Perhaps the earliest work that considers reactive transfers is by Krishnan and Rao (1965) who study a centralized one-echelon inventory system with the objective of minimizing the total cost through transfers. One of the main motivations for reactive transfer models comes from spare parts distribution systems for repairable

items, as exemplified by one of the more notable earlier works by Lee (1987) who studies a single-echelon model, which is then extended by Axsäter (1990) to a two-echelon system. More recent works on spare parts systems can be attributed to van Wijk et al. (2019) who consider a two-location system with lateral transshipment as well as an outside emergency option and Boucherie et al. (2018) who consider a complex two-echelon inventory system with multiple local warehouses.

Models with reactive transfer policies have also been studied for non-repairable items. A notable contribution is due to Robinson (1990), who provides structural results for a two-retailer system and develops a heuristic for the initial ordering decisions considering the subsequent transshipments. Herer et al. (2006) extend this work by considering more general cost structures and Özdemir et al. (2013) extend it considering capacity constraints on the transportation network. More recently, transshipment policies in systems with perishable items have also attracted research (see for example, Nakandala et al., 2017 and Dehghani and Abbasi, 2018 for such recent works).

Proactive transfer is based on the concept of inventory rebalancing and is mostly utilized in periodic review inventory control framework. Allen (1958) provides perhaps the earliest model that considers proactive transfers in a single-period setting, which is then generalized by Das (1975) who also considers the ini-tial replenishment decision. There are also models that include the timing of the transshipment as decision in a dynamic setting (Agrawal et al., 2004 and Tiacci and Saetta, 2011) as well as in a static setting (Kiesmuller and Minner, 2009).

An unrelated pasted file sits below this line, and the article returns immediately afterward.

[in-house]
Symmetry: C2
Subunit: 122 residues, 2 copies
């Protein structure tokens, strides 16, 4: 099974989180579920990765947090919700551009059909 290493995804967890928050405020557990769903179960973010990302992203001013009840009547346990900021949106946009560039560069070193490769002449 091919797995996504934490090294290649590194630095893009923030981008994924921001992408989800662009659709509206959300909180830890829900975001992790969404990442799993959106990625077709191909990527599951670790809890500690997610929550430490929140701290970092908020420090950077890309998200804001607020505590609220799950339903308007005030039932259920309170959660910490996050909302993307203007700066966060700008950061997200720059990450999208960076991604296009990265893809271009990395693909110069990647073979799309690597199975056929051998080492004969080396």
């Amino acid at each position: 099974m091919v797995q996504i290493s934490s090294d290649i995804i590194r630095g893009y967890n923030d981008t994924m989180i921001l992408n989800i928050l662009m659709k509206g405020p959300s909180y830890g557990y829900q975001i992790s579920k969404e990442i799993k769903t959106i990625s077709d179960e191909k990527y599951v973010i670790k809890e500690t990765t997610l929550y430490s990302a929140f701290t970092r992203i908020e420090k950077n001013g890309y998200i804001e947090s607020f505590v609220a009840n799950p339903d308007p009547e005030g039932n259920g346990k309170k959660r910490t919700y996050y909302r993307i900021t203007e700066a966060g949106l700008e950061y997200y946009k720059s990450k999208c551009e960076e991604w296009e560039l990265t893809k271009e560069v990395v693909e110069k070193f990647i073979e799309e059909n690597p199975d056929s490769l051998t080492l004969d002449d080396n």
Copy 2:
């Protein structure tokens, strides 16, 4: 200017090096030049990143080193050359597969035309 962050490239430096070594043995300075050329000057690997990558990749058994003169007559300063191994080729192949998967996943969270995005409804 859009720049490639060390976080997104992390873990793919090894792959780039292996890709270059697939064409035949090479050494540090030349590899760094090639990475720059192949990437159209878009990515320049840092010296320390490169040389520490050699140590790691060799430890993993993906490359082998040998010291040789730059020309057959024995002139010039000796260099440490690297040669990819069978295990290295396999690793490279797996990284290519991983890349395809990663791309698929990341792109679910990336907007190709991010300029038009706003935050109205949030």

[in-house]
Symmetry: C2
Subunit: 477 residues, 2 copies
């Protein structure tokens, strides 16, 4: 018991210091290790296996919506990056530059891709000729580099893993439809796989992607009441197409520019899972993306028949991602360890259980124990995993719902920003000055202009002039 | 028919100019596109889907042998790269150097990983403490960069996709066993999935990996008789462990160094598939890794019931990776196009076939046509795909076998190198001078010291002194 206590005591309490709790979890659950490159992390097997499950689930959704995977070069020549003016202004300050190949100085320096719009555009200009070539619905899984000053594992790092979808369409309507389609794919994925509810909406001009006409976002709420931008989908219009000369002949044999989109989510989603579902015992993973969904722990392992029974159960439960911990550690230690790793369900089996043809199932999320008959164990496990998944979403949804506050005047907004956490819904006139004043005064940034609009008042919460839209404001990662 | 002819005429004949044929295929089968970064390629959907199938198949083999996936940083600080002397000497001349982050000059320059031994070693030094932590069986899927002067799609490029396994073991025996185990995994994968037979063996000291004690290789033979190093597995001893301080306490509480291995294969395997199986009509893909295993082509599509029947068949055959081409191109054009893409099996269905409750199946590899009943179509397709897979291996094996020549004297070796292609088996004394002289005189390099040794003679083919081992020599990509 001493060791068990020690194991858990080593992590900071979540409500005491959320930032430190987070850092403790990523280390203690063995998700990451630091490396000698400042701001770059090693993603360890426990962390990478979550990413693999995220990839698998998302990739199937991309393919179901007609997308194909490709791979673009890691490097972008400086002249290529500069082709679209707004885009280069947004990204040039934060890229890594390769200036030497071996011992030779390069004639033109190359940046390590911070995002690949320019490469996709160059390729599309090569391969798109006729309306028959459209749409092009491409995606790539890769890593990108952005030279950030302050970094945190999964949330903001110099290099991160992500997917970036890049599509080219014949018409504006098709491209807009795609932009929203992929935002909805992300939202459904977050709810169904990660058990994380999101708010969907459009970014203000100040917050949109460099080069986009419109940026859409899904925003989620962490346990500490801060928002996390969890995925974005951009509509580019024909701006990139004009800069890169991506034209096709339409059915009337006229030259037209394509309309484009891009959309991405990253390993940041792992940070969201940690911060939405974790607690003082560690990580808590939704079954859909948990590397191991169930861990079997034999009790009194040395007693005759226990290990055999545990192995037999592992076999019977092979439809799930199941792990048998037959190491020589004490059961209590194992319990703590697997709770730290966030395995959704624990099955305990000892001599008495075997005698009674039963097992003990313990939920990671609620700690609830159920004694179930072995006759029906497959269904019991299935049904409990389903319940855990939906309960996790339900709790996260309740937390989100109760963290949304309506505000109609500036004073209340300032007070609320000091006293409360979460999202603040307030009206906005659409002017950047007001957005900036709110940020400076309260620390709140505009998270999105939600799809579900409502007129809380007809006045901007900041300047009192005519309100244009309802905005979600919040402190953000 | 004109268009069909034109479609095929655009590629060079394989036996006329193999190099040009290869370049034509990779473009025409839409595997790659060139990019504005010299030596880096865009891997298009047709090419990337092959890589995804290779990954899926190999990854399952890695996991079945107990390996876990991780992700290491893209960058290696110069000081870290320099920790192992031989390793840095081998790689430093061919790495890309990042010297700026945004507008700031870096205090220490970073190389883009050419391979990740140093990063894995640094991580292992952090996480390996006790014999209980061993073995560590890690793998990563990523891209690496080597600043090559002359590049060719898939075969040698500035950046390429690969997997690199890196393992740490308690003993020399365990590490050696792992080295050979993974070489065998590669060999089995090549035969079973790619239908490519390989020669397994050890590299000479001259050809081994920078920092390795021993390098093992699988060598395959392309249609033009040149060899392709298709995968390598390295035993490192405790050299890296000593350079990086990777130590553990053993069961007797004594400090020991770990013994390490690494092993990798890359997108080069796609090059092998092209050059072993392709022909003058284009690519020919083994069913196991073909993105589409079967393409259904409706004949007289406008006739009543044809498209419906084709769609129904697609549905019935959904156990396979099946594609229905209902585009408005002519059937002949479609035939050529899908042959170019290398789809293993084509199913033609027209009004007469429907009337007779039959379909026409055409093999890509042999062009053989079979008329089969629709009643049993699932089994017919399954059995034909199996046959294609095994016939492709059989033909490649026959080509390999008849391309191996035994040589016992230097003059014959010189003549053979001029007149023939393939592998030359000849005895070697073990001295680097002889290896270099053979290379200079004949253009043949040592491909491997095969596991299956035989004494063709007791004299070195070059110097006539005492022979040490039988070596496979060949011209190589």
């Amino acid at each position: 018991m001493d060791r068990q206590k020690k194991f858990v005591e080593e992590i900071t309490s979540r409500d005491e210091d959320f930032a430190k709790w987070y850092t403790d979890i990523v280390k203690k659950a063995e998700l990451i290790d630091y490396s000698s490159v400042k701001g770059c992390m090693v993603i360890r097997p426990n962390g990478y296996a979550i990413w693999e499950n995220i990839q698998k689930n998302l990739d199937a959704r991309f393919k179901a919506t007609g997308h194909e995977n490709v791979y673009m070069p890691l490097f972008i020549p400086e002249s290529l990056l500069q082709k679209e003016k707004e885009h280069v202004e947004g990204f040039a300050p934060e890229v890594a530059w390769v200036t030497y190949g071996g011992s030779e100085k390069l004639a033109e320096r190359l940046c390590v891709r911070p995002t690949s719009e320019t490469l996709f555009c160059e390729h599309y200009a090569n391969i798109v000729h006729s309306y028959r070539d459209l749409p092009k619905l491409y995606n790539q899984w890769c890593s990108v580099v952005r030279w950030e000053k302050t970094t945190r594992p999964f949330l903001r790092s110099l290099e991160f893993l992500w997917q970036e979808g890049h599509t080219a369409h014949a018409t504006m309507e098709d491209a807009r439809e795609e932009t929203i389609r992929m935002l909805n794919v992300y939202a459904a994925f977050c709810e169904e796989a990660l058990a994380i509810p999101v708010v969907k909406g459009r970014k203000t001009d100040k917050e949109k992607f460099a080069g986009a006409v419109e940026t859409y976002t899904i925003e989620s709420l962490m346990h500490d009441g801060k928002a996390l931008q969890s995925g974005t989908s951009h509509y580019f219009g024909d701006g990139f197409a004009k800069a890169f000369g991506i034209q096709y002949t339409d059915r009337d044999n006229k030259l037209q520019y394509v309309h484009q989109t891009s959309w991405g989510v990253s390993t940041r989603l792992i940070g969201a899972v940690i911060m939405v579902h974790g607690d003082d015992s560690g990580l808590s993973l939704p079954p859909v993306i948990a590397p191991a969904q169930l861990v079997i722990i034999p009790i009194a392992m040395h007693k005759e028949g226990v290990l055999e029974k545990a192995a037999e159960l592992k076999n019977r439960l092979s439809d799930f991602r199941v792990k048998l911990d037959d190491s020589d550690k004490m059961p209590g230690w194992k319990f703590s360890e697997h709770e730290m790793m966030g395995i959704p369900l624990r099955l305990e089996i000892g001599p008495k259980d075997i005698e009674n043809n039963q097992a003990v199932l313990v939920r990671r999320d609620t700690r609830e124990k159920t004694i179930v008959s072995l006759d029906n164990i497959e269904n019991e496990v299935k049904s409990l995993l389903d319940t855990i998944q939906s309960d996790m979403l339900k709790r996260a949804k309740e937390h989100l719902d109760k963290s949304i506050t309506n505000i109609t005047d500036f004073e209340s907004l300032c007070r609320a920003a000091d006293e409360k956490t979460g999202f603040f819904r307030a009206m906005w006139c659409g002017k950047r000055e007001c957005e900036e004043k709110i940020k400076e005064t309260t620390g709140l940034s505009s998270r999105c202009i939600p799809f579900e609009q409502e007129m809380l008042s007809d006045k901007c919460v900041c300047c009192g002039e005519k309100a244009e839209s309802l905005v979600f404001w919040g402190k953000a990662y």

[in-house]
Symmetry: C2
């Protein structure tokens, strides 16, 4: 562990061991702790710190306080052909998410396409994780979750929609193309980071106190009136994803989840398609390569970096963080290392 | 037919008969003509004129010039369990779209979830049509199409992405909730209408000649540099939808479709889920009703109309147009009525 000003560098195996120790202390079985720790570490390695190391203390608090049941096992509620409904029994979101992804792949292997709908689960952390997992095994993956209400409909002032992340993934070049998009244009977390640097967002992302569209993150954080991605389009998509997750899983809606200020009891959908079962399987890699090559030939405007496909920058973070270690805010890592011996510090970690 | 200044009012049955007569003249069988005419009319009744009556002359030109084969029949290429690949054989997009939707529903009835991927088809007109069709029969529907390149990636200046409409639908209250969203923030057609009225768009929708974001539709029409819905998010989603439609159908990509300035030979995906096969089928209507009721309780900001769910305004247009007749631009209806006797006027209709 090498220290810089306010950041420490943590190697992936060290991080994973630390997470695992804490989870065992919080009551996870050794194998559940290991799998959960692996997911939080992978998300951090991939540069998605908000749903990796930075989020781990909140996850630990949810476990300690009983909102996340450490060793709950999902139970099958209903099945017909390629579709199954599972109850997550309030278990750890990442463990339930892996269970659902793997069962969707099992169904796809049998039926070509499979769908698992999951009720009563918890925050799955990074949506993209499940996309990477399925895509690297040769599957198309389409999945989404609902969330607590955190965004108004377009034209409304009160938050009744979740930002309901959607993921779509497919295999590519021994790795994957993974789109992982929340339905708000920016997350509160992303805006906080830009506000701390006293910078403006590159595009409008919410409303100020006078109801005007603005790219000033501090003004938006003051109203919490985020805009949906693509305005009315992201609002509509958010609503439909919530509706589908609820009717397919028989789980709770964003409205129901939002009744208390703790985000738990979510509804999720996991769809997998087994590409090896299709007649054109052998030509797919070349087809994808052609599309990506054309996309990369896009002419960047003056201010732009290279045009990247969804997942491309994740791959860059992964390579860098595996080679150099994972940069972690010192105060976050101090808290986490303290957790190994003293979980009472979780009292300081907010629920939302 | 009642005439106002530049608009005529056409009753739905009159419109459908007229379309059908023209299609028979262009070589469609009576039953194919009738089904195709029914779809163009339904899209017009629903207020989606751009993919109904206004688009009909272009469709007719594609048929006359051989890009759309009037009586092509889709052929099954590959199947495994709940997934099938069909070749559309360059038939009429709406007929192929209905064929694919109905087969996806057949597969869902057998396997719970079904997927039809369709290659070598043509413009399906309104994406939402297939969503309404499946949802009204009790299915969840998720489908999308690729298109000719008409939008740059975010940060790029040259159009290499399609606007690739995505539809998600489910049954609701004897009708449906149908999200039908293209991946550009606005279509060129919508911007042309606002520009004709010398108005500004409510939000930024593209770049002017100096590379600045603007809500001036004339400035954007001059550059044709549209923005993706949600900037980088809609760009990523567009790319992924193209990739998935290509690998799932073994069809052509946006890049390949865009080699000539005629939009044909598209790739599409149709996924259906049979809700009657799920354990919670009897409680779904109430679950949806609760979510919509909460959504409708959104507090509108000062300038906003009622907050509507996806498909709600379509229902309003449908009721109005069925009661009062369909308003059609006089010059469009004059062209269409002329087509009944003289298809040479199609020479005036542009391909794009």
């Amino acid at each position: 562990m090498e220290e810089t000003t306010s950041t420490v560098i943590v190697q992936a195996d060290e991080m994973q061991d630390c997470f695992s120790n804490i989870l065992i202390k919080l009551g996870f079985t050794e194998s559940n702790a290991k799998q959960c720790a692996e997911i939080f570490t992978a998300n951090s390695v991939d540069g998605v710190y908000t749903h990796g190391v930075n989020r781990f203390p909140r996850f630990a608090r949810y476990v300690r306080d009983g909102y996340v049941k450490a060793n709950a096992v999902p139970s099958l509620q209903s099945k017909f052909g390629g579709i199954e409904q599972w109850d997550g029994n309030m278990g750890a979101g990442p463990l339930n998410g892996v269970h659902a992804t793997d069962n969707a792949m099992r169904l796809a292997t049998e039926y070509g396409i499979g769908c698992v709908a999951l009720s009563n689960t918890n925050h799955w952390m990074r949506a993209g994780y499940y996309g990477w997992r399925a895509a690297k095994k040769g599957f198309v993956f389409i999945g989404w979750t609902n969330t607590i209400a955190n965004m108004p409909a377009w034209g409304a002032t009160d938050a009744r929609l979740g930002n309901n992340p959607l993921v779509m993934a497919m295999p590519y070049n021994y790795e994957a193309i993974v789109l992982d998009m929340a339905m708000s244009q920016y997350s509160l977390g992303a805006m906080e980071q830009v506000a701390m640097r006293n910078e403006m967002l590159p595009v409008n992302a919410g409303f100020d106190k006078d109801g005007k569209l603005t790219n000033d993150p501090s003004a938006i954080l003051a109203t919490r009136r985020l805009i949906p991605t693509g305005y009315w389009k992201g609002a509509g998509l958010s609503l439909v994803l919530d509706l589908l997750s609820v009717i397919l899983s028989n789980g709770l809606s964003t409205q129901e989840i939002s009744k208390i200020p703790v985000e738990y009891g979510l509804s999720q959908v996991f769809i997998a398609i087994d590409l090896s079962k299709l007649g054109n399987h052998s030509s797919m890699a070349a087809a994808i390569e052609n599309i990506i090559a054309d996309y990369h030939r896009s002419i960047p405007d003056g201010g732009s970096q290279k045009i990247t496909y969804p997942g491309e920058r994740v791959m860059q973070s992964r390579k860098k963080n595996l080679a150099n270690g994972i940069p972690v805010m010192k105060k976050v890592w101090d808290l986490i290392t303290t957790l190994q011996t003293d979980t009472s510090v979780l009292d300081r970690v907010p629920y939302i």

Although the type of transfers may be dictated by operational conditions of the setting, proactive transfer policies are found to be superior to purely reactive policies both in terms of costs and stock-out levels (see for example, Banerjee et al., 2003 and Burton and Banerjee, 2005). In some settings, however, companies may also have opportunities to implement these policies jointly (see for example, Lee et al., 2007 for such a model). Finally, although all of the works mentioned above and majority of research on the transshipment issues, assume that the systems are centrally operated decentralized systems where retailers might refuse transshipment requests have also attracted research recently (see for example, Çömez et al., 2012 and Li et al., 2013).

As we have noted earlier, the literature on transshipment issues is vast with

considerable growth in the last two decades. Since reviewing this voluminous literature is not possible here, we have only offered a very selective review. Aside from the types of the transfer (i.e., reactive vs. proactive), the literature on transshipment is also divided along two other important dimensions: Whether the models consider only transshipment decisions or jointly with replenishment deci-sions and whether they consider multiple locations or just two locations. We have classified aforementioned works and few others with respect to these characteristics as shown in Table 2.1. We choose to put some classic and some more recent ones, but it is still far from portraying a complete picture. We refer the reader to a somewhat older, but an excellent review by Paterson et al. (2011) who also provide a more thorough classification and a comprehensive review up to its publication date.

Table 2.1 Main characteristics of reviewed transfer-related papers

**Single Period** **Multiple Period**

**Replenishment** **2 Retailers** **Multiple Retailers** **2 Retailers** **Multiple Retailers**

**Proactive** **Yes**

Das (1975)

Tagaras and Vlachos (2002)

Karmarkar and Patel (1977) Hoadley and Heyman (1977)

Tiacci and Saetta (2011) Abouee-Mehrizi et al. (2015)

Diks and Kok (1996) Ahmadi et al. (2016) Feng et al. (2017)

**No** Kiesmuller and Minner (2009)
Li et al. (2013)

Allen (1958)

Agrawal et al. (2004) Dan et al. (2016)

Bertrand and Bookbinder (1998) Banerjee et al. (2003)

Burton and Banerjee (2005) Acimovic and Graves (2014) Peres et al. (2017)

**Reactive** **Yes**

Herer and Rashit (1999) Minner and Silver (2005) Liao et al. (2014) Olsson (2015)

Dehghani and Abbasi (2018)

Lee (1987) Axsäter (1990) Herer et al. (2006)

Johansson and Olsson (2018) Boucherie et al. (2018)

Archibald et al. (1997) Herer and Tzur (2001) van Wijk et al. (2019)

Archibald et al. (2009) van Wijk et al. (2012) Özdemir et al. (2013)

**No**

Herer and Rashit (1995) Shao et al. (2011) Liao et al. (2014)